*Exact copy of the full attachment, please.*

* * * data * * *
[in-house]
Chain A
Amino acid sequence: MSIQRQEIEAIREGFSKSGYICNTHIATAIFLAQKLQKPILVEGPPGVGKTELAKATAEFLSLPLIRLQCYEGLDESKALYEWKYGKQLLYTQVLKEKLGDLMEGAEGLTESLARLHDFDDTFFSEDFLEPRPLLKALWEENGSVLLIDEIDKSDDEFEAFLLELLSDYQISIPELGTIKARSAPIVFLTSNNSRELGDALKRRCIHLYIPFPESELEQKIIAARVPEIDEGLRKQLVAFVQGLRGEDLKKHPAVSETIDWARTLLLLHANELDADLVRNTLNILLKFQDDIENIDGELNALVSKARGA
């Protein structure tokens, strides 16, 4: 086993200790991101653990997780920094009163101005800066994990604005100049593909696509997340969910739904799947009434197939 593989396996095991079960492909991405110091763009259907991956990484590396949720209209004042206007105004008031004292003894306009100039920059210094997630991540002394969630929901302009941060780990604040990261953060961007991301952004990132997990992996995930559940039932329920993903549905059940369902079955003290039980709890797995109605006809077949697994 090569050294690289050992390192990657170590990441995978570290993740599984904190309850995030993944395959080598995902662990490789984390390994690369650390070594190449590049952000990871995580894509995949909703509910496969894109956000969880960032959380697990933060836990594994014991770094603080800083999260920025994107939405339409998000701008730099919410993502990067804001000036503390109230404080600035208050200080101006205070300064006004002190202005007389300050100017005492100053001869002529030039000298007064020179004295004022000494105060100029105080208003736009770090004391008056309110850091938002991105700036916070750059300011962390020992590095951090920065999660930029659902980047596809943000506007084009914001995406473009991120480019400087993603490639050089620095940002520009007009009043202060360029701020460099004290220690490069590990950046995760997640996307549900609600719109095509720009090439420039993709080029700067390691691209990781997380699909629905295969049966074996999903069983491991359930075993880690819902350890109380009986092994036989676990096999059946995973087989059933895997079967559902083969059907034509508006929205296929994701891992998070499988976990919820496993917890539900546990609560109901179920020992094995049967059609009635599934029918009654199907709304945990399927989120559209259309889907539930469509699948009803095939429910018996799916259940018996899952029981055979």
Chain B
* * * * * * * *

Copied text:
[in-house]
Chain A
Amino acid sequence: MSIQRQEIEAIREGFSKSGYICNTHIATAIFLAQKLQKPILVEGPPGVGKTELAKATAEFLSLPLIRLQCYEGLDESKALYEWKYGKQLLYTQVLKEKLGDLMEGAEGLTESLARLHDFDDTFFSEDFLEPRPLLKALWEENGSVLLIDEIDKSDDEFEAFLLELLSDYQISIPELGTIKARSAPIVFLTSNNSRELGDALKRRCIHLYIPFPESELEQKIIAARVPEIDEGLRKQLVAFVQGLRGEDLKKHPAVSETIDWARTLLLLHANELDADLVRNTLNILLKFQDDIENIDGELNALVSKARGA
């Protein structure tokens, strides 16, 4: 086993200790991101653990997780920094009163101005800066994990604005100049593909696509997340969910739904799947009434197939 593989396996095991079960492909991405110091763009259907991956990484590396949720209209004042206007105004008031004292003894306009100039920059210094997630991540002394969630929901302009941060780990604040990261953060961007991301952004990132997990992996995930559940039932329920993903549905059940369902079955003290039980709890797995109605006809077949697994 090569050294690289050992390192990657170590990441995978570290993740599984904190309850995030993944395959080598995902662990490789984390390994690369650390070594190449590049952000990871995580894509995949909703509910496969894109956000969880960032959380697990933060836990594994014991770094603080800083999260920025994107939405339409998000701008730099919410993502990067804001000036503390109230404080600035208050200080101006205070300064006004002190202005007389300050100017005492100053001869002529030039000298007064020179004295004022000494105060100029105080208003736009770090004391008056309110850091938002991105700036916070750059300011962390020992590095951090920065999660930029659902980047596809943000506007084009914001995406473009991120480019400087993603490639050089620095940002520009007009009043202060360029701020460099004290220690490069590990950046995760997640996307549900609600719109095509720009090439420039993709080029700067390691691209990781997380699909629905295969049966074996999903069983491991359930075993880690819902350890109380009986092994036989676990096999059946995973087989059933895997079967559902083969059907034509508006929205296929994701891992998070499988976990919820496993917890539900546990609560109901179920020992094995049967059609009635599934029918009654199907709304945990399927989120559209259309889907539930469509699948009803095939429910018996799916259940018996899952029981055979």
Chain B